What you need to know:
- The vehicle managed by Kenya Bus Limited was impounded on December 17, 2020 after the driver was accused of flouting laws.
The High Court has ordered Harambee Sacco’s chair Macloud Mukiti Malonza to deposit Sh107,500 for his impounded public service vehicle to be returned.
The vehicle managed by Kenya Bus Limited was impounded on December 17, 2020 after the driver was accused of flouting laws.
In his ruling, Justice Weldon Korir directed Mr Malonza to deposit the cash in court as a security for costs before the matatu is returned to him.
The county government told Justice Korir that the petitioner (Mr Malonza) and the driver of his matatu have refused to record statements on the incident.
“The petitioner and his driver have declined to visit the county offices to record statements on their violation of city-by-laws and have instead resorted to evading the implementation of the due process of the law,” lawyer Titus Koceyo, for the county government, told the judge.
Mr Koceyo further said the petitioner is using the case to secure release of the matatu “to avoid paying the requisite fees and charges".
“The petitioners’ case is frivolous, vexatious and an abuse of the court process, and the courts cannot lend aid to law violators running away from the justice system,” he said.
He urged the judge to decline barring the county from asking Mr Malonza to pay for breaching the law.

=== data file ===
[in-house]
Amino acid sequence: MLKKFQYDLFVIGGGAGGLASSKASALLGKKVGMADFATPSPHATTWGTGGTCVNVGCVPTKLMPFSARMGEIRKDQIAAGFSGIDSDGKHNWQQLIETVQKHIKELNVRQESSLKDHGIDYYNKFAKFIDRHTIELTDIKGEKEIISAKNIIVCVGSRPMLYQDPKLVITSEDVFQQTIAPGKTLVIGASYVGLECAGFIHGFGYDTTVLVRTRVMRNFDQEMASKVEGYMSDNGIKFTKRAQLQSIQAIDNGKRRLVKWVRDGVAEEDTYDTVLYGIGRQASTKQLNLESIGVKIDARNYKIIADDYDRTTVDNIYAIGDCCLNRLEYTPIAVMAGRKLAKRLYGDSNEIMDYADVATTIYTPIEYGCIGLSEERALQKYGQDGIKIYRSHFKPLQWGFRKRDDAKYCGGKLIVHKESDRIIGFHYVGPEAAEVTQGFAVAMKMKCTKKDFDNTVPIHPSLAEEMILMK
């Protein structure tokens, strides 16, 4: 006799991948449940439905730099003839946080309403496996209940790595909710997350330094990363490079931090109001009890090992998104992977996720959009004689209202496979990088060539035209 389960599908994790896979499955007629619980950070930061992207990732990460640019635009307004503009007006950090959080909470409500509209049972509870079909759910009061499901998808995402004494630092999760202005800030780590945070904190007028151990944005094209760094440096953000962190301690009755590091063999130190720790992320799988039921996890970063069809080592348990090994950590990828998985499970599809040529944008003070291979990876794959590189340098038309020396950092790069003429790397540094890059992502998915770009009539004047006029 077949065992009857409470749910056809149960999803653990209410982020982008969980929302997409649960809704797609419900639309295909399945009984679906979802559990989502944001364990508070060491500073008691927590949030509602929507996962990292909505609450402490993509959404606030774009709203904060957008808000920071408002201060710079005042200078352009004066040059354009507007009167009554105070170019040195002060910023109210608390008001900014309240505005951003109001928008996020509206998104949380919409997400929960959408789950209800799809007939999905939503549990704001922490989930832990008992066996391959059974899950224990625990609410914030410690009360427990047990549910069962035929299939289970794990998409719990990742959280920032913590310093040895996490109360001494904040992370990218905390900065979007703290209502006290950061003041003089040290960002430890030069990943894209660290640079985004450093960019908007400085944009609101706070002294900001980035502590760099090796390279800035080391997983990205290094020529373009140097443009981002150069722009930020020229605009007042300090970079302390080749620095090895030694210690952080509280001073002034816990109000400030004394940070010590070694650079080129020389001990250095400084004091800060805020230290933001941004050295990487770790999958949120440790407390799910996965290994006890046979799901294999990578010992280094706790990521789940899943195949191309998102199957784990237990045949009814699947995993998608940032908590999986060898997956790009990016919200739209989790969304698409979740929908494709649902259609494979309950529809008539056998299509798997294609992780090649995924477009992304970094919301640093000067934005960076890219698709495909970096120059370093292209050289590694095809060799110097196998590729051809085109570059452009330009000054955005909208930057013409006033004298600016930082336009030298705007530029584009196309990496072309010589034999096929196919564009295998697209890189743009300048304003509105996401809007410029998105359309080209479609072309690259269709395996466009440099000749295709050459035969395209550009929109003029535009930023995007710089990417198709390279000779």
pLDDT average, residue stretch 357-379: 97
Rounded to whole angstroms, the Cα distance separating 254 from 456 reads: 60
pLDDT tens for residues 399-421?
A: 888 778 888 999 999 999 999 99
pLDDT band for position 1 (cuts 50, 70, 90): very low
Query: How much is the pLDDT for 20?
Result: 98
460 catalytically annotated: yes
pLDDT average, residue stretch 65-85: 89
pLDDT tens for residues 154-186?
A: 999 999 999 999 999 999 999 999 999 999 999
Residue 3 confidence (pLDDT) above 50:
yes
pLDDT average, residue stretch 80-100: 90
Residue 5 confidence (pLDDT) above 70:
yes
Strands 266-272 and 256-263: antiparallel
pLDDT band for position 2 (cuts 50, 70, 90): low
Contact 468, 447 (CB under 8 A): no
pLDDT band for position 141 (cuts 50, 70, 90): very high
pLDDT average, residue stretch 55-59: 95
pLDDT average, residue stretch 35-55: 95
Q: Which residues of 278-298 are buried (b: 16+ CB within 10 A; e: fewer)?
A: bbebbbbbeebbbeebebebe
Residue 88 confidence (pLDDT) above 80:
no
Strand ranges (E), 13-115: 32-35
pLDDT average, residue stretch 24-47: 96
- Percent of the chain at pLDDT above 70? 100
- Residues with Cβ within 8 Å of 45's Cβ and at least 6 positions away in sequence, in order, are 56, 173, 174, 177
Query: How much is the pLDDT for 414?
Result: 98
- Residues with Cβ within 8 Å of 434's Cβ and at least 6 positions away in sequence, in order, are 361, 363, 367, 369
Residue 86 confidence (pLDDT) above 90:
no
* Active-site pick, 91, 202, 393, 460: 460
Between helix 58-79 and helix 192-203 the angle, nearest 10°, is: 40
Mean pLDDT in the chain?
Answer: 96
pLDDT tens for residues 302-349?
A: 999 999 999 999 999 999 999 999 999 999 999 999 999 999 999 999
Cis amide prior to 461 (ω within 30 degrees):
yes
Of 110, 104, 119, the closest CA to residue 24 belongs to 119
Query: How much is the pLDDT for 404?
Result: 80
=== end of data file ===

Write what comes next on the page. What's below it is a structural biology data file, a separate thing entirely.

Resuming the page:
Mr Koceyo says that although Mr Malonza argues the violation of his fundamental rights and loss of economic gain, he and his business agents are required to comply with county by-laws.
The judge heard that the county will release the vehicle once the Sh7,500 towing charge is paid.
The sacco boss has already paid the impound fees of Sh10,000 but “demands the county officers be compelled to explain the purpose of the Sh7,500 which is not accounted for by the county government”, his lawyer Benjamin Musyoki said.
Mr Malonza claims that when his vehicle was impounded, county officers drove it to the parking yard. He says it was not towed as alleged.
The petitioner says he and his driver “smelled corruption when the towing fee of Sh7,500 was demanded and no receipt was issued yet the county government operates a cashless system”.
He reportedly asked for the till from the two officers in order to transfer the Sh7,500 but was told the money was meant for a third party “who does not accept electronic or mobile money transfers”.
“The petitioner refused to pay the money as it was obviously a bribe or an act of corruption disguised as the respondent’s charges,” the judge heard.
Mr Malonza wants the court to order the county to pay him Sh10,000 daily as compensation forearnings from the vehicle for the period it has been impounded.
By the time the case will be heard on March 17, he will have lost earnings for 81 days, translating to a loss of Sh810,000.
Through his lawyer, the petitioner also asked the court to declare the detaining of his vehicle as “unlawful, unreasonable, under a certificate of urgency”.
Mr Malonza, who is also an officer at the directorate of personnel management at the office of the President, claims that his economic rights under Article 40(3) of Constitution have been breached and abused by Nairobi County’s acts.
He says there is no transparency and accuracy in the demand for the Sh7,500 and that this therefore amounts to contravention of Articles 10 and 232(1)(f) of the Constitution.
He asked the court to bar county officers from vandalising his vehicle while it is in their custody, pending determination of the case.